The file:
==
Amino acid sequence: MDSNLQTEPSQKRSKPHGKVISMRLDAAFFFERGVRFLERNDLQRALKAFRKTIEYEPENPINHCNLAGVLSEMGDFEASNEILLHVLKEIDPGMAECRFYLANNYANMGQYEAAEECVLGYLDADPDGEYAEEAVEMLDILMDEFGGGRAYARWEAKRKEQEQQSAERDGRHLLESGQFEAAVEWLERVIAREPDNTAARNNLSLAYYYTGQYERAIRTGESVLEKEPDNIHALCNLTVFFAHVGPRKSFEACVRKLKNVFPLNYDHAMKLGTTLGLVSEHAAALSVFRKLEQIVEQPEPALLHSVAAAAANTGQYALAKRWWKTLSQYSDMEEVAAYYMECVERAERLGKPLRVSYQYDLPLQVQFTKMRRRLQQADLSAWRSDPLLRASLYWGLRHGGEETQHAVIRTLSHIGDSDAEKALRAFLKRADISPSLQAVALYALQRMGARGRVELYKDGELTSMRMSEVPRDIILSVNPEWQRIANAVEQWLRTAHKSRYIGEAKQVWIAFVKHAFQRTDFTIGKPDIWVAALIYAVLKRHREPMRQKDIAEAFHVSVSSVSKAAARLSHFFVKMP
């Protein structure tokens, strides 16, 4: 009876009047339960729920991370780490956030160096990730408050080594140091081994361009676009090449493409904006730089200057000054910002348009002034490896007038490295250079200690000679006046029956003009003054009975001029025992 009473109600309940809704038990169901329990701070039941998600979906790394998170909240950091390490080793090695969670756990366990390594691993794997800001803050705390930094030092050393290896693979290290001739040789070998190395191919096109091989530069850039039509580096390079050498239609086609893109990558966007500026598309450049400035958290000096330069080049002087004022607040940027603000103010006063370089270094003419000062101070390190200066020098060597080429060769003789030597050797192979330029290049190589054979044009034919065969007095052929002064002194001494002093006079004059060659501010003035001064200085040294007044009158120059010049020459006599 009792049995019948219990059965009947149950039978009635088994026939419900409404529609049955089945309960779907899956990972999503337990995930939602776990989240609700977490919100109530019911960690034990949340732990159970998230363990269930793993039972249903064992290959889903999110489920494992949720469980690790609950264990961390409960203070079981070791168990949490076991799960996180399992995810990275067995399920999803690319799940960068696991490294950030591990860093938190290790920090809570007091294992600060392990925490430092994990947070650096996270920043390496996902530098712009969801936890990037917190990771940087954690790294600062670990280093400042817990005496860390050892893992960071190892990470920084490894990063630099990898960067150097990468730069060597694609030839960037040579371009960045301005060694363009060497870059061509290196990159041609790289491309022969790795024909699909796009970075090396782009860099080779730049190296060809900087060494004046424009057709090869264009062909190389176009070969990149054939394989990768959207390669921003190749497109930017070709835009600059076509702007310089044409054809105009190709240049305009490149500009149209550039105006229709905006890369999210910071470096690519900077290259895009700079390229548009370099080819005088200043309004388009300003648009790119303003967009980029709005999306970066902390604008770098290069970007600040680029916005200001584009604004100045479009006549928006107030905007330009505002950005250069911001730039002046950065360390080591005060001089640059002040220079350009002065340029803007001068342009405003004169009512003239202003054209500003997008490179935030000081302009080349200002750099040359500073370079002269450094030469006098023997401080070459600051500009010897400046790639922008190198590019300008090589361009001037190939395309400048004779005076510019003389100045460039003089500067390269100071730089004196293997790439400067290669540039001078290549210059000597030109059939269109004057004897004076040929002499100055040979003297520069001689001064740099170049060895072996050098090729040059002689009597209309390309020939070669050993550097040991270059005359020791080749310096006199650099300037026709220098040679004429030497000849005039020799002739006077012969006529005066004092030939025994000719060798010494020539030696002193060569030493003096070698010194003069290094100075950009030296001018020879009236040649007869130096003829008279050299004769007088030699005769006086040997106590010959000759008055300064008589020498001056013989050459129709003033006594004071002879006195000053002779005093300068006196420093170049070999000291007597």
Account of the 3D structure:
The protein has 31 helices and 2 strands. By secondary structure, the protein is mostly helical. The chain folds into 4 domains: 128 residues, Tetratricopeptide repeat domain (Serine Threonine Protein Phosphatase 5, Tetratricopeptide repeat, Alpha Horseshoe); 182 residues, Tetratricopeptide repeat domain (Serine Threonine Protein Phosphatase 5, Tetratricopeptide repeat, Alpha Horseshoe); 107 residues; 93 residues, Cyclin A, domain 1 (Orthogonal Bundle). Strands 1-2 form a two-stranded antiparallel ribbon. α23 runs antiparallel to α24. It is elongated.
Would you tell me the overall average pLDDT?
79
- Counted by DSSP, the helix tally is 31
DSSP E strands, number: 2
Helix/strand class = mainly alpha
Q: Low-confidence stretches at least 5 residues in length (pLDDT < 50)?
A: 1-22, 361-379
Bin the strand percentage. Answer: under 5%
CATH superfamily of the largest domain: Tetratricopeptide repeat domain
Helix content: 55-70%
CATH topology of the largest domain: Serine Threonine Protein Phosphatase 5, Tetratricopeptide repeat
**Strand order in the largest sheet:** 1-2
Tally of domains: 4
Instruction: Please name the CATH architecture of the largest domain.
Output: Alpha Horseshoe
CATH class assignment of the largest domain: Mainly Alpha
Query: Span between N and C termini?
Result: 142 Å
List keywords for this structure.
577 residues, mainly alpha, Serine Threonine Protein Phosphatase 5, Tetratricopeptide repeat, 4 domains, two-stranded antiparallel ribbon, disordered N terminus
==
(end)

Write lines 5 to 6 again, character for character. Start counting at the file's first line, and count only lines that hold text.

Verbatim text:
Would you tell me the overall average pLDDT?
79